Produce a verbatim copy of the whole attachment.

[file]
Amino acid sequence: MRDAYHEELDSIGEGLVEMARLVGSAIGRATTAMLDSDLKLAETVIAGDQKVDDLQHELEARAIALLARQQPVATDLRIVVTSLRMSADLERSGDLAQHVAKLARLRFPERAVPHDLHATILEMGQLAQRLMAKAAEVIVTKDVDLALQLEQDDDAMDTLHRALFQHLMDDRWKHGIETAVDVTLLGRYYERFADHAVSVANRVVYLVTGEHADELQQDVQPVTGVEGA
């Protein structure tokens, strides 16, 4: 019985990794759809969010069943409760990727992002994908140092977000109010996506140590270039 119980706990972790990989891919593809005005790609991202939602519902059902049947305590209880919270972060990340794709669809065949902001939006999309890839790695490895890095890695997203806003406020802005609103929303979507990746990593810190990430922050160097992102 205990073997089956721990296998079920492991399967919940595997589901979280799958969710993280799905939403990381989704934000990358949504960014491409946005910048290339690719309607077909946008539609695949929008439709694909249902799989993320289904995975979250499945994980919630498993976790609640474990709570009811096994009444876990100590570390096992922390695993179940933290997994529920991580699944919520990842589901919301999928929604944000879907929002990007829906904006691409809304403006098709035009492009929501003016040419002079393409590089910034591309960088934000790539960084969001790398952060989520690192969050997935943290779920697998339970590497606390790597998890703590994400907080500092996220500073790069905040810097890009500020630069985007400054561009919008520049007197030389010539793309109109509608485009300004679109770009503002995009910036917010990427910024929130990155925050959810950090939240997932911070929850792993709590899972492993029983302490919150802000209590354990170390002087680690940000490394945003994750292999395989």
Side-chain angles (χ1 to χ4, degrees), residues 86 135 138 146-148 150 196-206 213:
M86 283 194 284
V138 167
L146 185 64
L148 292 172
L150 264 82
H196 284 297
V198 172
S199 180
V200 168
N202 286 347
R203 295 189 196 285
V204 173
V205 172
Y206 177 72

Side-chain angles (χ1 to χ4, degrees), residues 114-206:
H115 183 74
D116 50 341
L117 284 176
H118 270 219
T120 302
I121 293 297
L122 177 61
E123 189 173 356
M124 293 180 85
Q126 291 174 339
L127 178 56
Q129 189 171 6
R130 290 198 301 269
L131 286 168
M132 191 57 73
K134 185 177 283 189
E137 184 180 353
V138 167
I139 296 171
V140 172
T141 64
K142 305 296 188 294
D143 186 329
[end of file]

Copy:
Amino acid sequence: MRDAYHEELDSIGEGLVEMARLVGSAIGRATTAMLDSDLKLAETVIAGDQKVDDLQHELEARAIALLARQQPVATDLRIVVTSLRMSADLERSGDLAQHVAKLARLRFPERAVPHDLHATILEMGQLAQRLMAKAAEVIVTKDVDLALQLEQDDDAMDTLHRALFQHLMDDRWKHGIETAVDVTLLGRYYERFADHAVSVANRVVYLVTGEHADELQQDVQPVTGVEGA
């Protein structure tokens, strides 16, 4: 019985990794759809969010069943409760990727992002994908140092977000109010996506140590270039 119980706990972790990989891919593809005005790609991202939602519902059902049947305590209880919270972060990340794709669809065949902001939006999309890839790695490895890095890695997203806003406020802005609103929303979507990746990593810190990430922050160097992102 205990073997089956721990296998079920492991399967919940595997589901979280799958969710993280799905939403990381989704934000990358949504960014491409946005910048290339690719309607077909946008539609695949929008439709694909249902799989993320289904995975979250499945994980919630498993976790609640474990709570009811096994009444876990100590570390096992922390695993179940933290997994529920991580699944919520990842589901919301999928929604944000879907929002990007829906904006691409809304403006098709035009492009929501003016040419002079393409590089910034591309960088934000790539960084969001790398952060989520690192969050997935943290779920697998339970590497606390790597998890703590994400907080500092996220500073790069905040810097890009500020630069985007400054561009919008520049007197030389010539793309109109509608485009300004679109770009503002995009910036917010990427910024929130990155925050959810950090939240997932911070929850792993709590899972492993029983302490919150802000209590354990170390002087680690940000490394945003994750292999395989």
Side-chain angles (χ1 to χ4, degrees), residues 86 135 138 146-148 150 196-206 213:
M86 283 194 284
V138 167
L146 185 64
L148 292 172
L150 264 82
H196 284 297
V198 172
S199 180
V200 168
N202 286 347
R203 295 189 196 285
V204 173
V205 172
Y206 177 72

Side-chain angles (χ1 to χ4, degrees), residues 114-206:
H115 183 74
D116 50 341
L117 284 176
H118 270 219
T120 302
I121 293 297
L122 177 61
E123 189 173 356
M124 293 180 85
Q126 291 174 339
L127 178 56
Q129 189 171 6
R130 290 198 301 269
L131 286 168
M132 191 57 73
K134 185 177 283 189
E137 184 180 353
V138 167
I139 296 171
V140 172
T141 64
K142 305 296 188 294
D143 186 329